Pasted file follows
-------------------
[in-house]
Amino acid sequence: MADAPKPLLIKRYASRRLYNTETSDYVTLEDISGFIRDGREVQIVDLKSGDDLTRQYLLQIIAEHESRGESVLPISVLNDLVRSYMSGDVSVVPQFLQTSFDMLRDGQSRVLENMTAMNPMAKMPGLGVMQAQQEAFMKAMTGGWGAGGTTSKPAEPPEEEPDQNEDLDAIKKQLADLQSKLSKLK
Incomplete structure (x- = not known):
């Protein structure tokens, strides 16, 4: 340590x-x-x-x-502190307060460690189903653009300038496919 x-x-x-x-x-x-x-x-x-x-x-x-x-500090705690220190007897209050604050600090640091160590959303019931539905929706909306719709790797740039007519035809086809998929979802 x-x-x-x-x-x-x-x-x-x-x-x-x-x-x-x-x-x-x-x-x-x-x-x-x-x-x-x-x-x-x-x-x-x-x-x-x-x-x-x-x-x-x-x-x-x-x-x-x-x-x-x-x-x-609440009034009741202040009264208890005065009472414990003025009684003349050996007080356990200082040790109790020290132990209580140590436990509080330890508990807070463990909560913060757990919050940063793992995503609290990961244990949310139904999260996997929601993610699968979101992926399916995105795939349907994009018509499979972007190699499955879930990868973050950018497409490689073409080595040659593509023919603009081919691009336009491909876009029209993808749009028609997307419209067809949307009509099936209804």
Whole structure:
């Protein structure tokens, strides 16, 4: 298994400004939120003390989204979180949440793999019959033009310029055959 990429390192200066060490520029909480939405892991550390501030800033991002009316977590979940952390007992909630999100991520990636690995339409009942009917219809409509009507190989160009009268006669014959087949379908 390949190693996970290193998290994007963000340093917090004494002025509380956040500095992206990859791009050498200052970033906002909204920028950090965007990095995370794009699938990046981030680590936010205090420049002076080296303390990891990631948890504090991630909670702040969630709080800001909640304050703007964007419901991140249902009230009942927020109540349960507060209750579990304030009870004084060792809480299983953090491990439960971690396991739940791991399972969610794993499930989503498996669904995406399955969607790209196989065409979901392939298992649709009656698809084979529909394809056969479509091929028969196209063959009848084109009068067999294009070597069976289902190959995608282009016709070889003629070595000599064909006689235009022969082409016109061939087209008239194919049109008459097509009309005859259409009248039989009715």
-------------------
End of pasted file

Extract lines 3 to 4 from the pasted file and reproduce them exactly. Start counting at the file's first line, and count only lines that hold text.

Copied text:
Incomplete structure (x- = not known):
């Protein structure tokens, strides 16, 4: 340590x-x-x-x-502190307060460690189903653009300038496919 x-x-x-x-x-x-x-x-x-x-x-x-x-500090705690220190007897209050604050600090640091160590959303019931539905929706909306719709790797740039007519035809086809998929979802 x-x-x-x-x-x-x-x-x-x-x-x-x-x-x-x-x-x-x-x-x-x-x-x-x-x-x-x-x-x-x-x-x-x-x-x-x-x-x-x-x-x-x-x-x-x-x-x-x-x-x-x-x-x-609440009034009741202040009264208890005065009472414990003025009684003349050996007080356990200082040790109790020290132990209580140590436990509080330890508990807070463990909560913060757990919050940063793992995503609290990961244990949310139904999260996997929601993610699968979101992926399916995105795939349907994009018509499979972007190699499955879930990868973050950018497409490689073409080595040659593509023919603009081919691009336009491909876009029209993808749009028609997307419209067809949307009509099936209804």